You May Like

Obama: I Will Do 'Everything I Can' to Close Guantanamo

US president says prison continues 'to inspire jihadists and extremists around the world' More

Sierra Leone Educates on Safe Ebola Burials

Also, country is improving at rapid response to isolated outbreaks, but health workers need to be even faster, officials say More

Christmas Gains Popularity in Vietnam

Increasingly wealthy Vietnamese embrace holiday due to its non-religious glamor, commercial appeal More

Featured Videos

Your JavaScript is turned off or you have an old version of Adobe's Flash Player. Get the latest Flash player.
US Decision on Cuba Underscores Divisions Among Miami Cubansi
X
Sharon Behn
December 19, 2014 9:34 PM
For decades, older, more conservative Cubans have been gathering at Café Versailles on the corner of Calle Ocho to eat Cuban food and talk politics. After hearing of President Barack Obama’s decision, a number of them gathered in front of the café with posters to protest. VOA's Sharon Behn reports on the situation.
Video

Video US Decision on Cuba Underscores Divisions Among Miami Cubans

For decades, older, more conservative Cubans have been gathering at Café Versailles on the corner of Calle Ocho to eat Cuban food and talk politics. After hearing of President Barack Obama’s decision, a number of them gathered in front of the café with posters to protest. VOA's Sharon Behn reports on the situation.
Video

Video Three Cities Bid for Future Obama Presidential Library

President Barack Obama still has two years left in his term in office, but the effort to establish his post-presidential library is already underway. The bid for the Obama Presidential Library is down to four locations in three states -- New York, Hawaii, and Illinois. As VOA’s Kane Farabaugh reports, each of them played an important part in the president’s life before he reached the White House.
Video

Video Cuba Deal is Major Victory for Pope’s Diplomatic Initiatives

Pope Francis played a key role in brokering the US-Cuba deal that was made public earlier this week. It is the most stunning success so far in a series of peacemaking efforts by the pontiff. VOA religion reporter Jerome Socolovsky has more.
Video

Video Fears of More Political Gridlock in 2015

2014 proved to be a difficult year politically for President Barack Obama and a very good year for the U.S. Republican Party. Republican gains in the November midterm elections gave them control of the Senate and House of Representatives for the next two years -- setting the stage for more confrontation and gridlock in the final two years of the Obama presidency. VOA National Correspondent Jim Malone has a preview from Washington.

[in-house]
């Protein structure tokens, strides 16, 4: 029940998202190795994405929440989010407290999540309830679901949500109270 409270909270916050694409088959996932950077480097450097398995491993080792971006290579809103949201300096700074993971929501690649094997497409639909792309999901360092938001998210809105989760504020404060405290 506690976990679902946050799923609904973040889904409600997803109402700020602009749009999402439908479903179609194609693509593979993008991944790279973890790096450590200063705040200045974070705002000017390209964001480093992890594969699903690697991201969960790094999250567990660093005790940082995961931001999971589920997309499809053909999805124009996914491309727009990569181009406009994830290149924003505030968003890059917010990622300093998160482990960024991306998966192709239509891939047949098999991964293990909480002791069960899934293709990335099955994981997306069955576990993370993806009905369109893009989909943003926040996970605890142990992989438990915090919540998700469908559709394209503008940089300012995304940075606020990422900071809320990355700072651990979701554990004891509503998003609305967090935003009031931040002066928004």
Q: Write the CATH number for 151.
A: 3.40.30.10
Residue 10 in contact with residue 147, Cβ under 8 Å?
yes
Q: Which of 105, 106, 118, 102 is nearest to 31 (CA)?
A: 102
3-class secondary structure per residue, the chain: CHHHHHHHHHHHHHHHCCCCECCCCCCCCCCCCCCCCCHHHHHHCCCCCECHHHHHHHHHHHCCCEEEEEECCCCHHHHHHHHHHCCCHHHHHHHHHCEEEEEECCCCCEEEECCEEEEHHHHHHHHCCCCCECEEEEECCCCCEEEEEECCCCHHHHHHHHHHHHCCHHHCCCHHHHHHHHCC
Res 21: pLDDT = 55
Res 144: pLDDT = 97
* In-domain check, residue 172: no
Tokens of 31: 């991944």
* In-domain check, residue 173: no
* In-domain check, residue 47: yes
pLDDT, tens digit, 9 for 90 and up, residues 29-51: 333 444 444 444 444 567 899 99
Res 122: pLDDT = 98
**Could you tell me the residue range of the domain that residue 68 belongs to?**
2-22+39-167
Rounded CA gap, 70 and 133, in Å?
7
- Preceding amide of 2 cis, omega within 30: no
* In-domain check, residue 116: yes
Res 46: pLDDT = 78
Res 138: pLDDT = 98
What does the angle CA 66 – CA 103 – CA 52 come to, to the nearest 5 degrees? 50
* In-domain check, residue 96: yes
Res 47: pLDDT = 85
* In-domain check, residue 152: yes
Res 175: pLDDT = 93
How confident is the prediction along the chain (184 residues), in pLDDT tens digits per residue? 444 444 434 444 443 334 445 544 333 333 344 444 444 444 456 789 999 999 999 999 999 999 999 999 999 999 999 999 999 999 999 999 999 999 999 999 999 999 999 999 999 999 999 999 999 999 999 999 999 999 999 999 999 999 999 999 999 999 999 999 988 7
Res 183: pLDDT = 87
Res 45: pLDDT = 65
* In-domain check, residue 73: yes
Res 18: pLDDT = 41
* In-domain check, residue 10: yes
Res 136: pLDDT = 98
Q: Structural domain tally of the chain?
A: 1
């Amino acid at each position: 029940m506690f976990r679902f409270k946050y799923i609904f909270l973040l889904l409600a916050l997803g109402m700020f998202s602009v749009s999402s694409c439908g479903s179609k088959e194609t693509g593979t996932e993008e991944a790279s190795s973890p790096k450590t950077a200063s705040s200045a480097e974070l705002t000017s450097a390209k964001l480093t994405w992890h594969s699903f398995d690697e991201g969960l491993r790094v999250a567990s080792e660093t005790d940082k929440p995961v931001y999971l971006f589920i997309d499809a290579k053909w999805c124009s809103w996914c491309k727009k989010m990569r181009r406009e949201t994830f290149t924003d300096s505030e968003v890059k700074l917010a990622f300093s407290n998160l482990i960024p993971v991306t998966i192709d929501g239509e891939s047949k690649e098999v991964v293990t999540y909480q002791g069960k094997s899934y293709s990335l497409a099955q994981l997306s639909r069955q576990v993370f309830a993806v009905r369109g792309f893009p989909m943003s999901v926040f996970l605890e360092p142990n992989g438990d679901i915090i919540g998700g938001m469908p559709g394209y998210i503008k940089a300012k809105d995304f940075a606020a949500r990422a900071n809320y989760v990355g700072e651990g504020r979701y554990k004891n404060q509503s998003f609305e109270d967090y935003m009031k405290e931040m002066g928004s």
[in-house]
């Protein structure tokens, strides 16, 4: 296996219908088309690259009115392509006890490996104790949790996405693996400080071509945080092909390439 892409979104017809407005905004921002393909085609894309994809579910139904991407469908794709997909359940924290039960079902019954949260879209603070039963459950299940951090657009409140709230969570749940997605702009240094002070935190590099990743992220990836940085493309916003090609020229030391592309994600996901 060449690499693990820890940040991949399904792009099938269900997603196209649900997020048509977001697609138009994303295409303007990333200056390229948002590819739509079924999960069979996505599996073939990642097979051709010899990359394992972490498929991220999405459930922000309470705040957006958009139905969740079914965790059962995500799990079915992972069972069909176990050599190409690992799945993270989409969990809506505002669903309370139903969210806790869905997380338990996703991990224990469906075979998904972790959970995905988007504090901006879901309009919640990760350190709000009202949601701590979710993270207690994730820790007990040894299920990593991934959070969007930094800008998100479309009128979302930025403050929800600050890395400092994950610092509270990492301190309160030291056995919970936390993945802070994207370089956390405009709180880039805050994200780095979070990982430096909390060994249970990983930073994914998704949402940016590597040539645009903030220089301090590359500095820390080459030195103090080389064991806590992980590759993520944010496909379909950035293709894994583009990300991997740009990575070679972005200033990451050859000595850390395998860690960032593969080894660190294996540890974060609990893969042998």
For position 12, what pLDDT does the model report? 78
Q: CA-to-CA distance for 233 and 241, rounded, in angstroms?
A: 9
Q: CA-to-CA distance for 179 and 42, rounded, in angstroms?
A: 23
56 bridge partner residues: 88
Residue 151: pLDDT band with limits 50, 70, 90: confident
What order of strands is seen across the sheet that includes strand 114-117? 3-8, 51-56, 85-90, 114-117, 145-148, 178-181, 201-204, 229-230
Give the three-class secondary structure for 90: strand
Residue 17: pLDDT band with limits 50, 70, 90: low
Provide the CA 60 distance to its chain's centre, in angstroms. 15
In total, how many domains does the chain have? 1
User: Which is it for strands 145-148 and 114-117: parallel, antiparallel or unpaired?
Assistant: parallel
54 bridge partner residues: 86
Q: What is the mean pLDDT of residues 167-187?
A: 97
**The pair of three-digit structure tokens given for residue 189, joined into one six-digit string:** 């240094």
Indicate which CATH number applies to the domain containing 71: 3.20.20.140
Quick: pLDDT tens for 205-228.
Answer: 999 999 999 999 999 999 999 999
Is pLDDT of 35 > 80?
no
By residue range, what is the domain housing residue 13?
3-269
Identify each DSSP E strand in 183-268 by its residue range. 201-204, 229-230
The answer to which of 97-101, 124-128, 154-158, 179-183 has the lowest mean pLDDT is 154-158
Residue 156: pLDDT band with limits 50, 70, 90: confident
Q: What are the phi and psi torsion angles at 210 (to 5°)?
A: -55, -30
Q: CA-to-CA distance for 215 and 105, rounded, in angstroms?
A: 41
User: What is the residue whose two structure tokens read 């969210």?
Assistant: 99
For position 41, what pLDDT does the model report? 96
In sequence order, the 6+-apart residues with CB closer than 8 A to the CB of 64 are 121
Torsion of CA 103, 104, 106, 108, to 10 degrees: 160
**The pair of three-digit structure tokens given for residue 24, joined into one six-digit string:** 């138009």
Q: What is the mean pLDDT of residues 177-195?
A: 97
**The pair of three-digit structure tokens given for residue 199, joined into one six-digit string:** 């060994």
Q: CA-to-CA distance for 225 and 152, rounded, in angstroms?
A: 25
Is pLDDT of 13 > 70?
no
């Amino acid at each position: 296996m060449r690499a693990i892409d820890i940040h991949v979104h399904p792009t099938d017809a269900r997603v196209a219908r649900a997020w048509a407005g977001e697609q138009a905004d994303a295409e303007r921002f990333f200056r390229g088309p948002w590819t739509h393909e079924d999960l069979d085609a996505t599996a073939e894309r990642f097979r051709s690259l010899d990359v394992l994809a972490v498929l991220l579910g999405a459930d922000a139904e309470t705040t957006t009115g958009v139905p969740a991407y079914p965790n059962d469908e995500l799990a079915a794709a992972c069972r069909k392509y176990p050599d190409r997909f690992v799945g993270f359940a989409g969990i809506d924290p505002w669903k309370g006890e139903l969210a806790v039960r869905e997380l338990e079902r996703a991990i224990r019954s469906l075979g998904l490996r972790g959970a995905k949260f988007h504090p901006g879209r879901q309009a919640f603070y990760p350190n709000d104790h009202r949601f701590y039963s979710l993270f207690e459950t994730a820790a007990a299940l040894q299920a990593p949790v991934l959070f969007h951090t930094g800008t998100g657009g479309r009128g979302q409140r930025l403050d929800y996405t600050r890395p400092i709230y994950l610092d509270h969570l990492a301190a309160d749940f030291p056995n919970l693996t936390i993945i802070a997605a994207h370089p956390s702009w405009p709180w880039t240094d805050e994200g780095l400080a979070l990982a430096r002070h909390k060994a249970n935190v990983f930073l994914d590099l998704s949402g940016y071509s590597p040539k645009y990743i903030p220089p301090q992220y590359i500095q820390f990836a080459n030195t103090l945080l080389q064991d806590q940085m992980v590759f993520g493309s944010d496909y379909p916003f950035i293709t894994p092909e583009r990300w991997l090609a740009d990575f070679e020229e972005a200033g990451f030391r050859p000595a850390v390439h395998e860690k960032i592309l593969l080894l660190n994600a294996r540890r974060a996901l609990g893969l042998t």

Video

Video Sudan School Becomes Target of Aerial Attacks

The school dropout rate is at an all-time high in Sudan's South Kordofan state because many schools have been destroyed during the three-year civil war between the government and SPLA-N rebel forces. Adam Bailes visited Sudan's Nuba Mountains' region and reports many children are simply too scared to go to school
Video

Video VOA Reporter Tours Devastated Peshawar School

Islamist militants wearing military uniforms and strapped with explosives attacked a military run school Tuesday in the northwestern Pakistani city of Peshawar. At least 141 people were killed in the horrific attack, most of them young students. VOA reporter Ayaz Gul visited the devastated school and attended the funeral of the principal who courageously tried to save her students from the deadly attack.
Video

Video Nigerians Fleeing Boko Haram Languish in Camp Near Capital

In its five-year effort to impose Islamic law in northeastern Nigeria, the Boko Haram extremist group has killed thousands of people and forced hundreds of thousands to flee. Some of those who ran for their lives now live in squalor on the edges of the capital, Abuja. Chris Stein reports for VOA.
Video

Video Aceh Rebuilt Decade After Tsunami, But Scars Remain

On December 26, 2004 there was an earthquake in the Indian Ocean so powerful it caused the Earth’s axis to wobble a few centimeters. Onshore on the island of Sumatra, the resulting tsunami was devastating. A decade later, VOA Correspondent Steve Herman reports from Banda Aceh, Indonesia, where although there is little remaining evidence of the physical devastation, the psychological scars among survivors remain.

All About America

AppleAndroid

New in Music Alley

Soul Lounge

"Soul Lounge" host Shawna Renee catches up with soul singer and songwriter Russell Taylor to hear what he’s been up to since winning the VH1 "You Oughta Know" title in 2013. She also convinces him to share a few songs from his album "War of Hearts."